This was a short-fuse project. Charlie hit me up last month and asked if I could do it in 30 days. I sat down, had a long talk with Dan Lake, the CRO (Combat Rescue Officer) in the book, dredged up some other sources (some of whom will not be identified now or ever), and pounded it out.
This is not a retelling of Marcus’ story, except for peripherally. This is the story of what was going on while Marcus was in Sabray. From the downing of Turbine 33 to the retrieval of Matt Axelson’s body, this is the story of the rescue efforts, and has a description of some of the hairiest night helicopter flying I’ve ever heard of. There’s also some stuff in here that hasn’t been made public before.
From the Author’s Note:
This account is as accurate as I could make it, 7000 miles away and 8 years after the fact. Sources differed in their recollections, and particularly timelines. Not having been there, I have had to piece together the story as best I could.
There has been a great deal of controversy about Marcus Luttrell’s account in Lone Survivor. People who were not there have called his account into question, even calling him a liar. Some have even attempted to say, beyond all logic, that Ahmad Shah only had 8 to 10 fighters. This smacks of saying anything to puff up their own credentials and discredit the one man who lived to tell what happened on that mountain.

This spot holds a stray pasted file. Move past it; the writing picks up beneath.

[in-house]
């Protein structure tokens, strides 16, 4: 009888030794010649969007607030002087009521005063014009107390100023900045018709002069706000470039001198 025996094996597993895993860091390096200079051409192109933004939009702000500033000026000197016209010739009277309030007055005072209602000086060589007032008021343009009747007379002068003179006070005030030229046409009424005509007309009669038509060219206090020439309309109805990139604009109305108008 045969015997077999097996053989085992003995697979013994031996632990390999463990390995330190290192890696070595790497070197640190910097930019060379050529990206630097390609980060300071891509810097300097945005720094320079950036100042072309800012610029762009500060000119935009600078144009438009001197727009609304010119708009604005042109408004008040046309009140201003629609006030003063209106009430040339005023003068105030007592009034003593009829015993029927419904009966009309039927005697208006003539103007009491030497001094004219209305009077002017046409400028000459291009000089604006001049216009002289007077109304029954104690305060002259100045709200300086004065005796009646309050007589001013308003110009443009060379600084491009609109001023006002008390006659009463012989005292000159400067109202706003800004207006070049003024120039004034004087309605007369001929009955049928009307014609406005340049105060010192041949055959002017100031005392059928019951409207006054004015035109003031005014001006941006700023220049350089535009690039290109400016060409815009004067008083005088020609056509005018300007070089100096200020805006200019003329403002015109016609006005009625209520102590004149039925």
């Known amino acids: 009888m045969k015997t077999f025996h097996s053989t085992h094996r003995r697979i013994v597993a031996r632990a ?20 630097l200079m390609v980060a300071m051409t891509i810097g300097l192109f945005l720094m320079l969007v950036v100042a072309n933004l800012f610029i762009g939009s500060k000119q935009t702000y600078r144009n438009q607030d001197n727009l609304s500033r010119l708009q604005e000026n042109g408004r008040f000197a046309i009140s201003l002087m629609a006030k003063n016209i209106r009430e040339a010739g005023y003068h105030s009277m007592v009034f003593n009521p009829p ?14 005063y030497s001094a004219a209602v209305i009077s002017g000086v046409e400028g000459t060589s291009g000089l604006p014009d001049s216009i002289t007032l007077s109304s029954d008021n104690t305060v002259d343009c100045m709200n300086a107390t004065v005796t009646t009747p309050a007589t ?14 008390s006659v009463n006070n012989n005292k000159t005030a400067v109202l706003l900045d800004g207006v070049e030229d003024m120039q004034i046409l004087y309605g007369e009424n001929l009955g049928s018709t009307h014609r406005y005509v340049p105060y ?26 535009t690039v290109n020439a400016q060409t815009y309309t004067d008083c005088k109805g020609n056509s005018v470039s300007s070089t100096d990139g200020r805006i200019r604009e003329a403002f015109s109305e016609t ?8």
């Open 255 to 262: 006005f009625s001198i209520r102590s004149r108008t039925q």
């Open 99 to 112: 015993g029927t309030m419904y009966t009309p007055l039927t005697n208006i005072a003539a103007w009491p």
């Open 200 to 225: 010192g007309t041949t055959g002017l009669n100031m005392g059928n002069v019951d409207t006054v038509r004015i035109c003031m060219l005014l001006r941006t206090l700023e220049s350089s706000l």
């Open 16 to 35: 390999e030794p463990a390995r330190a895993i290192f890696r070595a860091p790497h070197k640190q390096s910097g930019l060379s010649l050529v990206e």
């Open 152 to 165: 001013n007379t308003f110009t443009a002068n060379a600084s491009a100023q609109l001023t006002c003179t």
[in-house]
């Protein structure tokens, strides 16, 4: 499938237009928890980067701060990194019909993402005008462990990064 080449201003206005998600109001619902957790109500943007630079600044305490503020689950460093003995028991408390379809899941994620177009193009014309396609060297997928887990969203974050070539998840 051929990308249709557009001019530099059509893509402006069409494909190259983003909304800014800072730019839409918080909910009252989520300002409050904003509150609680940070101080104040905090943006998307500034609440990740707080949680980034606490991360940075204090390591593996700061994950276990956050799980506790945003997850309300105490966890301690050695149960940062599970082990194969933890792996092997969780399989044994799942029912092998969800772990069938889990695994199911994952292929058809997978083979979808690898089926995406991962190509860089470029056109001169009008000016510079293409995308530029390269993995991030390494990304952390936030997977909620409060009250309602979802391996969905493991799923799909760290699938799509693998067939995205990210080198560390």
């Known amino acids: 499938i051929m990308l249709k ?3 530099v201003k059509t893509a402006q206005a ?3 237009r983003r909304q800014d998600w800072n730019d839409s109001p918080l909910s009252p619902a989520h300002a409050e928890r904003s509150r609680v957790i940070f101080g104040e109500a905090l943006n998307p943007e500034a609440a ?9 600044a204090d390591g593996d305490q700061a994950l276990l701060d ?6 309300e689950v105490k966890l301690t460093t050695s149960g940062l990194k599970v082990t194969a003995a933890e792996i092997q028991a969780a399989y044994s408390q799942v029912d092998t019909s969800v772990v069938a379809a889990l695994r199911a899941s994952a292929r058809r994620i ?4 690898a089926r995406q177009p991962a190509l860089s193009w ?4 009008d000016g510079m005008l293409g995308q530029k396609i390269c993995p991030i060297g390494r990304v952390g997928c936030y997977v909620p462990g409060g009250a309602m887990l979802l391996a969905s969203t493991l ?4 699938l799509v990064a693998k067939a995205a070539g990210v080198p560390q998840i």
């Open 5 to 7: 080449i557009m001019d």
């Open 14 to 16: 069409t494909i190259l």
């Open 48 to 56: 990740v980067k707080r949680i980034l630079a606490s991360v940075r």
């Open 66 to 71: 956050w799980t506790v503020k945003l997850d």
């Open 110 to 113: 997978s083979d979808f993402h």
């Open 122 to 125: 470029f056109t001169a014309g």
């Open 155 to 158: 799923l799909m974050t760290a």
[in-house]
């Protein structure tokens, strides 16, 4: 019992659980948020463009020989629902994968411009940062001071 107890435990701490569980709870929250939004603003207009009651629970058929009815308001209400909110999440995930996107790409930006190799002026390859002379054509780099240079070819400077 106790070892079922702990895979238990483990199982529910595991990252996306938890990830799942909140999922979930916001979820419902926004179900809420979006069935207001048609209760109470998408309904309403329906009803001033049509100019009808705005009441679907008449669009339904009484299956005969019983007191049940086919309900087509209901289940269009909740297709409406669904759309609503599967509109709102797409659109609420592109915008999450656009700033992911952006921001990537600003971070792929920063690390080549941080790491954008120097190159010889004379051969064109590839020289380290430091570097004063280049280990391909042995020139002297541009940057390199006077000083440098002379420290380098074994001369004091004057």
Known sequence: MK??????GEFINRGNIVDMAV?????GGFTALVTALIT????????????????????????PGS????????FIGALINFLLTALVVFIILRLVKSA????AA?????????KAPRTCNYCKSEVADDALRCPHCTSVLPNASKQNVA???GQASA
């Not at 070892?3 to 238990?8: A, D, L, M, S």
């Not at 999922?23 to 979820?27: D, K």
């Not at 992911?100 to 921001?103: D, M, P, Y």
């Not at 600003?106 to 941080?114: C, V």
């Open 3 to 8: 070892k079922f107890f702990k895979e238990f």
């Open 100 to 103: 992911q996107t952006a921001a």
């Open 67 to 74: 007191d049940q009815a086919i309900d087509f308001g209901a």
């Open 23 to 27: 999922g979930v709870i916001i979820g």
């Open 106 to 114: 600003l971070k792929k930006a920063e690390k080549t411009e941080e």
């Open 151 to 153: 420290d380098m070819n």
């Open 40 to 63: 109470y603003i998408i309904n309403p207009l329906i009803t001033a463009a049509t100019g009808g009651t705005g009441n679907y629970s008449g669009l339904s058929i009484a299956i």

I found a few discrepancies in Marcus’ account, particularly when it came to dates and times. While this might be an indictment to some, there is a fact that needs to be considered.
I went through several firefights as a Recon Marine, both in Iraq and Afghanistan. Afterward, there was a lengthy team debrief, where we attempted to piece together exactly what had happened. None of us remembered it the same way; it was a process of putting together a puzzle made up of fragmented individual memories. Adrenaline has a way of scrambling short-term memory. And we were doing this the day after the fight, in which none of us had taken a scratch.
Now consider Marcus’ situation. He had been shot, fallen off a mountain, and seen three of his best friends die. That is a level of stress that most people never have to face. That some of the details may have become uncertain in his mind is not only to be expected, it is natural.
What is unconscionable is that those who were not there attempt to tear down the man who was, in order to promote themselves. They know no better than Marcus what happened on that mountain. Attacking him based on supposition or a couple of Taliban videos they watched later will not bring back the dead, but only heaps dishonor on themselves.
There is a long-held truth in the military, although it has often been ignored in this age of satellite communications and drone overwatch. That truth is, “Always listen to the man on the ground.” Marcus was the man on the ground. While some of his timelines might be corrected by those with better capabilities to keep records at the time, we should follow that hard-won wisdom, and listen to the man on the ground.
Here’s the link again: Operation Red Wings
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